Spirituality and religion are a fact of life. They appear in virtually every culture known to humans in some shape or form. But recent times have seen an upsurge in religious extremism. The name of `God’ has been invoked to justify some of the most appalling acts - including the 9-11 bombings, communalist killings in Gujarat, the war on Iraq, and social violence especially against women and gay people. Can religion be a force for good and social change in the world today? Or is it, as some secularists believe, the most grave threat to democracy? At what point does wholesome spirituality become murderous fanaticism? And how are fundamentalist tendencies to be tackled-both within and outside faith systems?
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Religions often target the young. Marilyn Mason counts the human cost.
repression cheek by jowl with tourism in the Maldives
Sadanand Menon assesses the health of India’s secular tradition after the Hindu fundamentalists’ election defeat.
When a Peruvian woman's children were kidnapped by their Lebanese father, Reem Haddad was asked to intervene.
Why young Western Muslims are going abroad to fight for Islam by Shaista Aziz.
Jeremy Seabrook draws an unholy line from the obscene imagery of Abu Ghraib to the growing repression in Bangladesh.
Eduardo Galeano on the white curse that has afflicted the terrible history of Haiti.
A floating hotel for the poor, photographed by Bablu Chowdhury from Bangladesh.
Vanessa Baird examines the special relationship between religion and violence.
Oiling the wheels of corporate domination – International Chamber of Commerce head Maria Livanos Cattaui.
Seeds of Deception by Jeffrey M Smith
Somalia: The Untold Story edited by Judith Gardner and Judy El Bushra
Attac! Another World is Possible by Various
The Story of the Weeping Camel directed by Byambasuren Davaa and Luigi Falorni
List of Lights and Buoys by Susanna and the Magical Orchestra
Brazil’s rebellious priests are still putting the poor first. Jan Rocha reports.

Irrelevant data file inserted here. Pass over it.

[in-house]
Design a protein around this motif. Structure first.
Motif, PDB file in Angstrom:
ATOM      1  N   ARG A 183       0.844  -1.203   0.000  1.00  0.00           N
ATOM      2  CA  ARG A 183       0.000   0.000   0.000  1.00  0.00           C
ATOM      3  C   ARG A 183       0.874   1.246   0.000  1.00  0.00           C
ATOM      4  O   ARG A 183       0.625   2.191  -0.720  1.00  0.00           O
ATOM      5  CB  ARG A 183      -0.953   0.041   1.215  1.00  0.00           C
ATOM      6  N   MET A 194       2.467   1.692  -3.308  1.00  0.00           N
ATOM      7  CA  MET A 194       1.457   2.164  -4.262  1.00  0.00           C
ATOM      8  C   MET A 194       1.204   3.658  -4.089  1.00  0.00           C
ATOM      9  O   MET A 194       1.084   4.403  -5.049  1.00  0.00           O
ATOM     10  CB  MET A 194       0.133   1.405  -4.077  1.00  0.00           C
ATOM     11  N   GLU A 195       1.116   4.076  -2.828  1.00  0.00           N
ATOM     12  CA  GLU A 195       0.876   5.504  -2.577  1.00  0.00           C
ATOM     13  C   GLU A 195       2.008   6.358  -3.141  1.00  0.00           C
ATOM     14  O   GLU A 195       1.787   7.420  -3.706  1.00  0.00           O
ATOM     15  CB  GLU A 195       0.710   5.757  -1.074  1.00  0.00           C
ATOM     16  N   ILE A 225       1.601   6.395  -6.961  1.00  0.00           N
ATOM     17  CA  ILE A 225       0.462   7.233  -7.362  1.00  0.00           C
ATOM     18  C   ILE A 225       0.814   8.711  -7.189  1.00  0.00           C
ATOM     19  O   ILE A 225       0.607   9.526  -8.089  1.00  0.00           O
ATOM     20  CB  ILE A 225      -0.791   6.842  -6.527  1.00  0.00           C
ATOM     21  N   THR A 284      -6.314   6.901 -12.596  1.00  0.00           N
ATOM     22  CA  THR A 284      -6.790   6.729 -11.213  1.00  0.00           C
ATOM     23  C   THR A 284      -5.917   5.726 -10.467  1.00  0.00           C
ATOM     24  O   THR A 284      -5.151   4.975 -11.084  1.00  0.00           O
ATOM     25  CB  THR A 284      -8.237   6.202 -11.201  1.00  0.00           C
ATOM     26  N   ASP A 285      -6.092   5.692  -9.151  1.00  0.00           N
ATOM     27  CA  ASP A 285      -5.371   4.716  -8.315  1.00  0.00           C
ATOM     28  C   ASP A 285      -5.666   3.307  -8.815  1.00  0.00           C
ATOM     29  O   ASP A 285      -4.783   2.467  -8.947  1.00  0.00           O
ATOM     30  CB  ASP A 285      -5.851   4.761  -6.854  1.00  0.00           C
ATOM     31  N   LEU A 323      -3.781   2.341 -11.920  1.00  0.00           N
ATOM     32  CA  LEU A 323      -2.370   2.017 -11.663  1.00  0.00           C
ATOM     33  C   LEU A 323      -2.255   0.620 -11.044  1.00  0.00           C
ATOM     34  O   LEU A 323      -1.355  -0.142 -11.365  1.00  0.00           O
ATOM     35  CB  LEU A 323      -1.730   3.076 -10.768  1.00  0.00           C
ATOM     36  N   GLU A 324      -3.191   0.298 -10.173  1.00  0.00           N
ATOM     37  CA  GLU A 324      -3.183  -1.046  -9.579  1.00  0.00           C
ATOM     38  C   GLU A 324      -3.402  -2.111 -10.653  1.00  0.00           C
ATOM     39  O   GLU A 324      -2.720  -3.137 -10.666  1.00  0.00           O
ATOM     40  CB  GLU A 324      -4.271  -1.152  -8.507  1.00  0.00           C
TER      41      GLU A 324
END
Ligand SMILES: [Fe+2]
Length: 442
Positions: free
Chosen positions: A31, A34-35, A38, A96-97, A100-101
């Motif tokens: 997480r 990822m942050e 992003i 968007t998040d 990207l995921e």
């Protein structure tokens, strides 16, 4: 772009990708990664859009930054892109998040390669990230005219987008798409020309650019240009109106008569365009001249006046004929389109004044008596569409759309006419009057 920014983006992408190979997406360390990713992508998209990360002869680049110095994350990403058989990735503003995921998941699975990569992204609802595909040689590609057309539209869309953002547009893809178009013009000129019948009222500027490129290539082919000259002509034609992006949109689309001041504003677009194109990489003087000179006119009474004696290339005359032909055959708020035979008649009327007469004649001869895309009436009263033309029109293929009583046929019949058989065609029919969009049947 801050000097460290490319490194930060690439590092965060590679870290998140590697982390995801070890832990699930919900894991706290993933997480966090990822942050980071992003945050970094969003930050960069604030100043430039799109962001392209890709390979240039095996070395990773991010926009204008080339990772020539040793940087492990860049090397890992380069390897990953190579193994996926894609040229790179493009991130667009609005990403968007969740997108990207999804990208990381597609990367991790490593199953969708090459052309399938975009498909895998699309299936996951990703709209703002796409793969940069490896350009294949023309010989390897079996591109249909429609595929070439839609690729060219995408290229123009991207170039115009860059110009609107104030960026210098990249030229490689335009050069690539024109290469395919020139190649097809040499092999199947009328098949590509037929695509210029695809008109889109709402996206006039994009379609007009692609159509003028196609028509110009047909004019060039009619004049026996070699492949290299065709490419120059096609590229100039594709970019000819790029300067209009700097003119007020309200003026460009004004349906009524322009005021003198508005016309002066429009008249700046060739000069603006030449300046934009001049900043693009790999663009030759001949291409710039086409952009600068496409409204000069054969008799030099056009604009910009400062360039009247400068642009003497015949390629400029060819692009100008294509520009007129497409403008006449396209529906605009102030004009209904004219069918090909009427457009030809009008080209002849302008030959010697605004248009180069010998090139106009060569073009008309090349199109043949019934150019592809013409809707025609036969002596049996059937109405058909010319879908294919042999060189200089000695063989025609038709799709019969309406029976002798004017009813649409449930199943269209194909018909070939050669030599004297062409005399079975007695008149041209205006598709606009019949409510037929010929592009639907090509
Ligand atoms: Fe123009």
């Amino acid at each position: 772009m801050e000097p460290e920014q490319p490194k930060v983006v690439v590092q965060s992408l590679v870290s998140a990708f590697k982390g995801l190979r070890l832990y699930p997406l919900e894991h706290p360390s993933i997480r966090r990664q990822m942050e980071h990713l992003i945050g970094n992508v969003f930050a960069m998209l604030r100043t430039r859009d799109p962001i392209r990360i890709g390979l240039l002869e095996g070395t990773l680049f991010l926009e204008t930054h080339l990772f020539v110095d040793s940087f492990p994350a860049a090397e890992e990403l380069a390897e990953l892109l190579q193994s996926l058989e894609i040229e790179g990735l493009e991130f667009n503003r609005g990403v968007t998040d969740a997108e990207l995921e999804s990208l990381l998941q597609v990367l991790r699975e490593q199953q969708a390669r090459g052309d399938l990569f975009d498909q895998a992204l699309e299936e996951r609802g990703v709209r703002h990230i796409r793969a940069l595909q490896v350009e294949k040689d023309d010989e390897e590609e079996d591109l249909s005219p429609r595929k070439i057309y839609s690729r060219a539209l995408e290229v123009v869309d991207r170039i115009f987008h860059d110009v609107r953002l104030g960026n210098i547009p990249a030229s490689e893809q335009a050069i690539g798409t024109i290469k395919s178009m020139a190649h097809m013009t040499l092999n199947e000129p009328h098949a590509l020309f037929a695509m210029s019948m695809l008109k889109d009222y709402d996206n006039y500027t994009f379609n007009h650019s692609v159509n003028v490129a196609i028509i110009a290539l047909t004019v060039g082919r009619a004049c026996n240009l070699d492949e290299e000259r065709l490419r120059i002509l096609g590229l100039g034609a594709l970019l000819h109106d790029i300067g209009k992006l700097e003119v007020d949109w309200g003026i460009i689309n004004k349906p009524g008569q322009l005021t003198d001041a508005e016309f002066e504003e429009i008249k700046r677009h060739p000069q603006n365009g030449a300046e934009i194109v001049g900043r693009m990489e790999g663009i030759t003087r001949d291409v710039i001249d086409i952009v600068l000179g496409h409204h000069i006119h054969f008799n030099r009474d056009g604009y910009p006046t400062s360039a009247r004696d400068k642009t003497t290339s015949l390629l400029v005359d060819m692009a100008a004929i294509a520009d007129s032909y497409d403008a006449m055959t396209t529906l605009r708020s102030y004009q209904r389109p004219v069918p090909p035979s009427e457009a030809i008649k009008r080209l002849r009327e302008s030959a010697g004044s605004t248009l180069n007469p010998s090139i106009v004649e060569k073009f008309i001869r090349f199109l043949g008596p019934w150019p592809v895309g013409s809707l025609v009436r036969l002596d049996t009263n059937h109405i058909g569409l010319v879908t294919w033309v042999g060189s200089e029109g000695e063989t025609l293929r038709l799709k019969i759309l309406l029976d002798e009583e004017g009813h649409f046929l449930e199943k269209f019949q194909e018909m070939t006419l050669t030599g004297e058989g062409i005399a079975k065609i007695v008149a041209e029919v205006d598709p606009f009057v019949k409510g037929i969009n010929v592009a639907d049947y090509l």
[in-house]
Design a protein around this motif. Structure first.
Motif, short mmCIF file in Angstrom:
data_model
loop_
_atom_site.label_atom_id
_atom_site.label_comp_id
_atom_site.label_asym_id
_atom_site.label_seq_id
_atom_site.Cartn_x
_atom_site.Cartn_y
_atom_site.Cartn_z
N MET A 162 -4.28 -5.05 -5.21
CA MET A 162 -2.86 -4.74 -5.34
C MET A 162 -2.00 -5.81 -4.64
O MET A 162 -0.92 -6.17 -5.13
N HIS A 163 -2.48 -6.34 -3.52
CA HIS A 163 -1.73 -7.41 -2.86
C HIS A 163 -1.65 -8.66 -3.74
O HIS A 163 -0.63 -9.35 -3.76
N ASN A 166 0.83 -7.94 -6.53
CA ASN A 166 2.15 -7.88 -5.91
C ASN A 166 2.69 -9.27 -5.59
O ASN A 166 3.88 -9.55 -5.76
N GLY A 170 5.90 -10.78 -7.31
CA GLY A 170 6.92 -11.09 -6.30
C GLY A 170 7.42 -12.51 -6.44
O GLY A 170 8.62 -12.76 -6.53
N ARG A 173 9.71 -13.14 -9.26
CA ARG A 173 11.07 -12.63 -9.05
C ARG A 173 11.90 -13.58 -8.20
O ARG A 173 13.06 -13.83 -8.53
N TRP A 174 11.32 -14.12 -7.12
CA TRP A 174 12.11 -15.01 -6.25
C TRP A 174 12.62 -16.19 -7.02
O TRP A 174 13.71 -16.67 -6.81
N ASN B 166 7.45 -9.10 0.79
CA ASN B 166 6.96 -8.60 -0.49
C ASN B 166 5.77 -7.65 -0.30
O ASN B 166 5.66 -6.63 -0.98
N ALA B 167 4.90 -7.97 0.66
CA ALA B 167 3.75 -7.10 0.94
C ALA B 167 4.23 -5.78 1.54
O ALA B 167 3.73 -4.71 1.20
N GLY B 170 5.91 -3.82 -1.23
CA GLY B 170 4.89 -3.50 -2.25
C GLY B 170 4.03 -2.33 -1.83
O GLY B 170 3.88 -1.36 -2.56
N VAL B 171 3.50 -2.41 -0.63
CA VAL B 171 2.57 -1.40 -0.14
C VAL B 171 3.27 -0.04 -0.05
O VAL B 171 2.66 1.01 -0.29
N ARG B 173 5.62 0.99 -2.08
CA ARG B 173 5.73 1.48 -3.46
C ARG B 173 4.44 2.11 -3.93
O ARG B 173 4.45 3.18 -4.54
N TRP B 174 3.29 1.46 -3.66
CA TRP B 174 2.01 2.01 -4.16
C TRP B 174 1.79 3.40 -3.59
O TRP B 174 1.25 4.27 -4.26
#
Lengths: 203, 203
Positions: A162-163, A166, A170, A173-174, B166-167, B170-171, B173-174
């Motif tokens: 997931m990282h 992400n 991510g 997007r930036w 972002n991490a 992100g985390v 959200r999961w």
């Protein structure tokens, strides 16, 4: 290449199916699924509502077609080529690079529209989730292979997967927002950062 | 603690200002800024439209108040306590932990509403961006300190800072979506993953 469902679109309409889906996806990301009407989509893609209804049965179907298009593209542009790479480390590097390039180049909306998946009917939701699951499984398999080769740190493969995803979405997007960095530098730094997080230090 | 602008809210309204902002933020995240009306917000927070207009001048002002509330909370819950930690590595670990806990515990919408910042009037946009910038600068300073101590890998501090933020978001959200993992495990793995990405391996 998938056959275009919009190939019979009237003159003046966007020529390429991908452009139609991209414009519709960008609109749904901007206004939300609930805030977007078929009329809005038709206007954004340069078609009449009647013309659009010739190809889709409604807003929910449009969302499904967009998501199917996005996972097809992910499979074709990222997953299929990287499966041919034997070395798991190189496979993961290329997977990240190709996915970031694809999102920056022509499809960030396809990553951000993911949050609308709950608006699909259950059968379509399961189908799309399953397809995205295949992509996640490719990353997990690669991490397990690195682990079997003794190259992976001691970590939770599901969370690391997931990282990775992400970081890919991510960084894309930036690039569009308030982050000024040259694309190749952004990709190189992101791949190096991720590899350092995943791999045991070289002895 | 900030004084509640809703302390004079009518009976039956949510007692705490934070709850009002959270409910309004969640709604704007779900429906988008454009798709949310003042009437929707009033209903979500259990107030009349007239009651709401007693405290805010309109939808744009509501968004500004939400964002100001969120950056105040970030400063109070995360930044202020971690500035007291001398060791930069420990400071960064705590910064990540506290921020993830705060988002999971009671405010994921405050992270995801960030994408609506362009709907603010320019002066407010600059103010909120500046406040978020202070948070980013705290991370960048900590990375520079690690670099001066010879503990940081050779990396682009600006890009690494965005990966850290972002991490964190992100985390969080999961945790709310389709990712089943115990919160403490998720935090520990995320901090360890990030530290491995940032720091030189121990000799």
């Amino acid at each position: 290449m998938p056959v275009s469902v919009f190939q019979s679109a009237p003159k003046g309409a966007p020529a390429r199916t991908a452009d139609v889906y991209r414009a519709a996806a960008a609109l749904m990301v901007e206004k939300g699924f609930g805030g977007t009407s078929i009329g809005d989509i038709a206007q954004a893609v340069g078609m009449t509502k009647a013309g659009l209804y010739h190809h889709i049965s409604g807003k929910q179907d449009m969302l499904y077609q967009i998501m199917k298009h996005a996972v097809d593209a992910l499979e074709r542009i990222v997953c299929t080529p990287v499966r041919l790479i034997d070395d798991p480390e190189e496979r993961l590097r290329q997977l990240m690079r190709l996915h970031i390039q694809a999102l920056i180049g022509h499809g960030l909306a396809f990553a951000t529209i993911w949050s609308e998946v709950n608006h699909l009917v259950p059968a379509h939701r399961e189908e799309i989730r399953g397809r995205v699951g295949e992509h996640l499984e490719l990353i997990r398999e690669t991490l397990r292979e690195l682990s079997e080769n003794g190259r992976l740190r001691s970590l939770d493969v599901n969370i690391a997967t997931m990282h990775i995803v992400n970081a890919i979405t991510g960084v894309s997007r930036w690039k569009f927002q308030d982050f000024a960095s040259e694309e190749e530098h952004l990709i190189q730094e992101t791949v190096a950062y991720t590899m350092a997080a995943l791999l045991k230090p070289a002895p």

Few pacifists can put themselves in danger as much as David Hartsough, co-founder of the Nonviolent Peaceforce.
Novelists Ben Okri and Amy Tan talk to Bel Mooney about their eclectic spirituality.
Peace in Colombia? Hope and Fear
Fiction has entered a new era. Writers of novels and short stories are no longer writing only for their own nation or even for readers speaking their own language but are breaking national boundaries and reaching a worldwide audience. In the process authors from Africa, Asia and Latin America are winning greater prominence – and a new phenomenon identified as ‘world writing’ has emerged.
This issue of New Internationalist not only analyses these developments but also showcases four exquisite short stories as examples: ‘Fat’ by Krys Lee from South Korea; ‘In The Garden’ by FT Kola from South Africa; ‘Ghosts’ by the Cuban-American Ana Menéndez; and ‘The Lake Retba Murder’ by Efemia Chela from Zambia and Ghana.
In a nutshell: the countries most recently featured in the New Internationalist magazine.
Sharp insights from an array of guest writers.
Personal stories from our own correspondents.
Interviews with inspirational people.
Reviews of the latest books, films and music.
Seeing the world through a Southern lens.
A regular column from some of the best writers of the South.
Taking aim at the rich and powerful.
If you would like to know something about what's actually going on, rather than what people would like you to think was going on, then read the New Internationalist.
– Emma Thompson –
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